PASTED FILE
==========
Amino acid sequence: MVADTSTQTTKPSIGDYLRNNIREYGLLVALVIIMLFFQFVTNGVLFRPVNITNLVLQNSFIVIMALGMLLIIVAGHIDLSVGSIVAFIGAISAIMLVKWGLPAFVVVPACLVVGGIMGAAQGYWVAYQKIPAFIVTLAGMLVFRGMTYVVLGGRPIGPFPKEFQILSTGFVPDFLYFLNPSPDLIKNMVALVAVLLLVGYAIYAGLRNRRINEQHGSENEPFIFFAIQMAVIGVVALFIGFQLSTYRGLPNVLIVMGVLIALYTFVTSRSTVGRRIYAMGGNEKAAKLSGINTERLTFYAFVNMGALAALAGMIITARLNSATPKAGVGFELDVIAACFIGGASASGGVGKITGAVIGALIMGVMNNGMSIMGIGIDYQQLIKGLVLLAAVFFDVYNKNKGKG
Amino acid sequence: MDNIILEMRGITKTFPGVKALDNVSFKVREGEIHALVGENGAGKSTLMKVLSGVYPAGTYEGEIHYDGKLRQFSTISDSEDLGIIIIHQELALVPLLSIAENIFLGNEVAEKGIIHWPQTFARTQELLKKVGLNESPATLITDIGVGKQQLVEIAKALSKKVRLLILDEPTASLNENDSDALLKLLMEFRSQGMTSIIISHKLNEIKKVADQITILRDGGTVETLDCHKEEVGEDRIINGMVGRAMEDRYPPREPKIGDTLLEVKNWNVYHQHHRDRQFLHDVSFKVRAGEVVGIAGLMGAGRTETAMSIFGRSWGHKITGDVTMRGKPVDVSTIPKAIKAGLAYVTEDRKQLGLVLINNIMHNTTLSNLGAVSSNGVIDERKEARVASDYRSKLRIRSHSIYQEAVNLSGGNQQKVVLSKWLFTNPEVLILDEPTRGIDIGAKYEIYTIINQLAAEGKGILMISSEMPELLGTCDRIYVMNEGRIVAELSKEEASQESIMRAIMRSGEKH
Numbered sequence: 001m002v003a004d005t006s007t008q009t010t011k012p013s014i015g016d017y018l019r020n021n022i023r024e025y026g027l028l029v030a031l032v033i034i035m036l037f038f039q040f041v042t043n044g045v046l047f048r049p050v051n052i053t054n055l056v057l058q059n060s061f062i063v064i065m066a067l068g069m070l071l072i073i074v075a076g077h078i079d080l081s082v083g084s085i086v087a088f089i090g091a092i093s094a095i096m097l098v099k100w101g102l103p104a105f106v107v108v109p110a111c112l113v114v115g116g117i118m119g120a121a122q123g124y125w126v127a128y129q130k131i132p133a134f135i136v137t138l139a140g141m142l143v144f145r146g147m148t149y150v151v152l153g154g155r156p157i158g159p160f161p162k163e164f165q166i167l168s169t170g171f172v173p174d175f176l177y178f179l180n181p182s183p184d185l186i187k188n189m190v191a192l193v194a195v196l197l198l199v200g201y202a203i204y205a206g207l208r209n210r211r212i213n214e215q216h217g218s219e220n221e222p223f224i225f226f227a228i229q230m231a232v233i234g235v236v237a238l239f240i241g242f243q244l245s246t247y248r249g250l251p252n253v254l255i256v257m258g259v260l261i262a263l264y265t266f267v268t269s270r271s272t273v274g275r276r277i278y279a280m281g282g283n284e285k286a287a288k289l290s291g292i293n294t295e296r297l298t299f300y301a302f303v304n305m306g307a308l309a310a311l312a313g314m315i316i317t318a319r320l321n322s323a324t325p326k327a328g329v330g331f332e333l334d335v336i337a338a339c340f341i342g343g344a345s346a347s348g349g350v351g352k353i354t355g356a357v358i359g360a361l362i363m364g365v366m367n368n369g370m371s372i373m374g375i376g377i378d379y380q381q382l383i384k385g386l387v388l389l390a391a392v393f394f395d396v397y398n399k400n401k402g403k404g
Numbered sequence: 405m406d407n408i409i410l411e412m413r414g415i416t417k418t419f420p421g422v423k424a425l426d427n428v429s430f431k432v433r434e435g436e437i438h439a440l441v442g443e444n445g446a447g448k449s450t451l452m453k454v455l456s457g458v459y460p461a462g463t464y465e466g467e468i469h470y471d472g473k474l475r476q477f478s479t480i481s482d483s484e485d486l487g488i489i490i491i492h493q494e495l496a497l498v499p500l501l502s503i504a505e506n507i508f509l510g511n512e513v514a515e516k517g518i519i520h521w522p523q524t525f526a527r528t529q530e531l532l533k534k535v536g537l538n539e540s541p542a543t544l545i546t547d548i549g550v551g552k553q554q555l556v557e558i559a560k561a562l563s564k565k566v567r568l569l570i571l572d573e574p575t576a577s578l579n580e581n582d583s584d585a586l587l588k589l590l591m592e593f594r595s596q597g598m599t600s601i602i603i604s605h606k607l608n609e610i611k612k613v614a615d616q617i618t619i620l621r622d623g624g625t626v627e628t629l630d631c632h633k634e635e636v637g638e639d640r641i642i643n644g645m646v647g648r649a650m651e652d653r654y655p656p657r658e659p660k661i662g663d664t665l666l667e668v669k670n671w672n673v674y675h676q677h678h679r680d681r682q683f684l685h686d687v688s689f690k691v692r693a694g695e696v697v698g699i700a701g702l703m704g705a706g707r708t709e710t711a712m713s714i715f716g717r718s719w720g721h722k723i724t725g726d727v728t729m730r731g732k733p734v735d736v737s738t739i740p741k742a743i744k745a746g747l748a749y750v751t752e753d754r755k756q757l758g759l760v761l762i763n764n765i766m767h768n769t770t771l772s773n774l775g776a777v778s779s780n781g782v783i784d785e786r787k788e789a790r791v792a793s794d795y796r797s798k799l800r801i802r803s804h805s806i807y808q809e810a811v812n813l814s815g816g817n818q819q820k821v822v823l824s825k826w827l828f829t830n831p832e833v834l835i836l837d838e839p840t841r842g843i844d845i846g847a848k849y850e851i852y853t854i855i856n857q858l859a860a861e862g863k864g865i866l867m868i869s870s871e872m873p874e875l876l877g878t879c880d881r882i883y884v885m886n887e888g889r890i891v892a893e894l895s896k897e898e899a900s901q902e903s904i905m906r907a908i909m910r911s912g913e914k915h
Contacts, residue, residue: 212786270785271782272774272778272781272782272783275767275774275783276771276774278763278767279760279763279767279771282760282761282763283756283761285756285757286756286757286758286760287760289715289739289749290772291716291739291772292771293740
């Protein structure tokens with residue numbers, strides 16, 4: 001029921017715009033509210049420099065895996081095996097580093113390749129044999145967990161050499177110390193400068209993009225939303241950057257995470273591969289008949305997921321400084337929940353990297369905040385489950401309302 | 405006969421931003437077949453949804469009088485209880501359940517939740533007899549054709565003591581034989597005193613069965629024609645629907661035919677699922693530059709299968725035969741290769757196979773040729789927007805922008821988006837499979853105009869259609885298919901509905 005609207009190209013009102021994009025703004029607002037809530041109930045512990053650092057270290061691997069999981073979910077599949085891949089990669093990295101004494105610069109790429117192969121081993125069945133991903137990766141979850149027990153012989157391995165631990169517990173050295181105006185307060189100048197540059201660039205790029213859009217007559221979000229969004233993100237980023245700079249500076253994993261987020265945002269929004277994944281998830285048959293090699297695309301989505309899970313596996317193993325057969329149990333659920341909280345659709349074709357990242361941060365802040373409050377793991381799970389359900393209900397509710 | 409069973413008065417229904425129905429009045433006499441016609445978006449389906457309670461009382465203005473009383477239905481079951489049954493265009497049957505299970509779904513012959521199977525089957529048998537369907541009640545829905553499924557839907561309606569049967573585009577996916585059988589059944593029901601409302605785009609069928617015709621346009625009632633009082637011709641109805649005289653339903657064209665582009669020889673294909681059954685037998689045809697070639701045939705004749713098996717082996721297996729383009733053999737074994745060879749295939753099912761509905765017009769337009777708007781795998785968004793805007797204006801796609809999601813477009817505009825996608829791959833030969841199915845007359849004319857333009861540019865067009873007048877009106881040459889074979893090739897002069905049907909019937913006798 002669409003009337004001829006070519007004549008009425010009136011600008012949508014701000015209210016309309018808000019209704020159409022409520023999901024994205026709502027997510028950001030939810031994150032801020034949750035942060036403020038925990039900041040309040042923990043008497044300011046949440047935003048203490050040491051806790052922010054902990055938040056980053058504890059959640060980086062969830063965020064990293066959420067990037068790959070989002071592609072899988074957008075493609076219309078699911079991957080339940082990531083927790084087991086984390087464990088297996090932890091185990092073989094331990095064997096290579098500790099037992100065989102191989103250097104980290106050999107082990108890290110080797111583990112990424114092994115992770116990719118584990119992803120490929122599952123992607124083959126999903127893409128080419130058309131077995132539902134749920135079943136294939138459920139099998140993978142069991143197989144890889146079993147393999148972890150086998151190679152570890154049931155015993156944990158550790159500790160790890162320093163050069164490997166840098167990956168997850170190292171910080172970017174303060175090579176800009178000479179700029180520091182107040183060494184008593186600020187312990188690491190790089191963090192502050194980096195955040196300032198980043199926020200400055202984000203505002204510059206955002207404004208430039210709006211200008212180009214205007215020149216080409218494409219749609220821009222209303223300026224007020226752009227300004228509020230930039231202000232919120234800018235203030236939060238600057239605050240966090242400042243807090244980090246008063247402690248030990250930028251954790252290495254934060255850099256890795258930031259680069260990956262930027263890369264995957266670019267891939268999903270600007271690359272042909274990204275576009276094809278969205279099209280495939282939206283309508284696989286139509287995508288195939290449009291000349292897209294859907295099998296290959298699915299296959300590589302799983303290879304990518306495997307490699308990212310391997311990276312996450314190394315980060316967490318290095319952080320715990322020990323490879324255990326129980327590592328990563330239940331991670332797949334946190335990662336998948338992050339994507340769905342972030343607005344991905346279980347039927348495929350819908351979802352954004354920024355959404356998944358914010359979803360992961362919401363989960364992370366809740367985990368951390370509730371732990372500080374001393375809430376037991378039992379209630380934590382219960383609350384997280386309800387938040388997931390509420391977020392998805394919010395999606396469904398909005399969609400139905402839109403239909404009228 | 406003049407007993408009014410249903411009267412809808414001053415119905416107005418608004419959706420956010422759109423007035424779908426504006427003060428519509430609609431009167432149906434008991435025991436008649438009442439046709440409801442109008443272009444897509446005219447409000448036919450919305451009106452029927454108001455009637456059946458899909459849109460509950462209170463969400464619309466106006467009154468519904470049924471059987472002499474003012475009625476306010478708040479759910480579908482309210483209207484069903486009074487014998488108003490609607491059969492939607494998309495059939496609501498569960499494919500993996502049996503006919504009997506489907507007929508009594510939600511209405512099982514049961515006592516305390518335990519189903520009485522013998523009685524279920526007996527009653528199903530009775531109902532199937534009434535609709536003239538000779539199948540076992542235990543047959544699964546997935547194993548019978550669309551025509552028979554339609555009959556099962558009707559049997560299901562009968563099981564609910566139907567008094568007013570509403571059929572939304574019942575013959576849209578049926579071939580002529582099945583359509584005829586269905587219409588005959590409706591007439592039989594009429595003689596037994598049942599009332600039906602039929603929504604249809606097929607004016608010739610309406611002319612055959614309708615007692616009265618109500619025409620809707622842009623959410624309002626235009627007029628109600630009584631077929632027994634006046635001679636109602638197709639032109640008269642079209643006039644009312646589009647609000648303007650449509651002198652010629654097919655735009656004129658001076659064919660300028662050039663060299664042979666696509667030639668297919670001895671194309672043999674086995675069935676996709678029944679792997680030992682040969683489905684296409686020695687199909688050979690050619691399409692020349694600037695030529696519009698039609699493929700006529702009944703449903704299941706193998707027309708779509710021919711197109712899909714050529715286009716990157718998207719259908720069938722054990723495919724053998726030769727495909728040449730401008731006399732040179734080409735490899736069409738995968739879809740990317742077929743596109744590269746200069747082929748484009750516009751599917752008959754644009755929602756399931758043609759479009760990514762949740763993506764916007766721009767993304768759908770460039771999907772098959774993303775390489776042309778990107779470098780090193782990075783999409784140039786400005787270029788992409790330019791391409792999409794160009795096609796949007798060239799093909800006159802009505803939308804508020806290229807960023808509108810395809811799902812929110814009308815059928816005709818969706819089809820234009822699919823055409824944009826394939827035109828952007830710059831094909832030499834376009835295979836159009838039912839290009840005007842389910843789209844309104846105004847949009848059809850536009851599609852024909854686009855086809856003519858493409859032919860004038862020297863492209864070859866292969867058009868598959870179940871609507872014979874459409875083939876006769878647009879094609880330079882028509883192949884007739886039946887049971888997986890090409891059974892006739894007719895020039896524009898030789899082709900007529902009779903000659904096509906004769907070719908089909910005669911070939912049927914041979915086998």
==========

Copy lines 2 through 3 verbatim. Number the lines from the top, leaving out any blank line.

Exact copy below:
Amino acid sequence: MDNIILEMRGITKTFPGVKALDNVSFKVREGEIHALVGENGAGKSTLMKVLSGVYPAGTYEGEIHYDGKLRQFSTISDSEDLGIIIIHQELALVPLLSIAENIFLGNEVAEKGIIHWPQTFARTQELLKKVGLNESPATLITDIGVGKQQLVEIAKALSKKVRLLILDEPTASLNENDSDALLKLLMEFRSQGMTSIIISHKLNEIKKVADQITILRDGGTVETLDCHKEEVGEDRIINGMVGRAMEDRYPPREPKIGDTLLEVKNWNVYHQHHRDRQFLHDVSFKVRAGEVVGIAGLMGAGRTETAMSIFGRSWGHKITGDVTMRGKPVDVSTIPKAIKAGLAYVTEDRKQLGLVLINNIMHNTTLSNLGAVSSNGVIDERKEARVASDYRSKLRIRSHSIYQEAVNLSGGNQQKVVLSKWLFTNPEVLILDEPTRGIDIGAKYEIYTIINQLAAEGKGILMISSEMPELLGTCDRIYVMNEGRIVAELSKEEASQESIMRAIMRSGEKH
Numbered sequence: 001m002v003a004d005t006s007t008q009t010t011k012p013s014i015g016d017y018l019r020n021n022i023r024e025y026g027l028l029v030a031l032v033i034i035m036l037f038f039q040f041v042t043n044g045v046l047f048r049p050v051n052i053t054n055l056v057l058q059n060s061f062i063v064i065m066a067l068g069m070l071l072i073i074v075a076g077h078i079d080l081s082v083g084s085i086v087a088f089i090g091a092i093s094a095i096m097l098v099k100w101g102l103p104a105f106v107v108v109p110a111c112l113v114v115g116g117i118m119g120a121a122q123g124y125w126v127a128y129q130k131i132p133a134f135i136v137t138l139a140g141m142l143v144f145r146g147m148t149y150v151v152l153g154g155r156p157i158g159p160f161p162k163e164f165q166i167l168s169t170g171f172v173p174d175f176l177y178f179l180n181p182s183p184d185l186i187k188n189m190v191a192l193v194a195v196l197l198l199v200g201y202a203i204y205a206g207l208r209n210r211r212i213n214e215q216h217g218s219e220n221e222p223f224i225f226f227a228i229q230m231a232v233i234g235v236v237a238l239f240i241g242f243q244l245s246t247y248r249g250l251p252n253v254l255i256v257m258g259v260l261i262a263l264y265t266f267v268t269s270r271s272t273v274g275r276r277i278y279a280m281g282g283n284e285k286a287a288k289l290s291g292i293n294t295e296r297l298t299f300y301a302f303v304n305m306g307a308l309a310a311l312a313g314m315i316i317t318a319r320l321n322s323a324t325p326k327a328g329v330g331f332e333l334d335v336i337a338a339c340f341i342g343g344a345s346a347s348g349g350v351g352k353i354t355g356a357v358i359g360a361l362i363m364g365v366m367n368n369g370m371s372i373m374g375i376g377i378d379y380q381q382l383i384k385g386l387v388l389l390a391a392v393f394f395d396v397y398n399k400n401k402g403k404g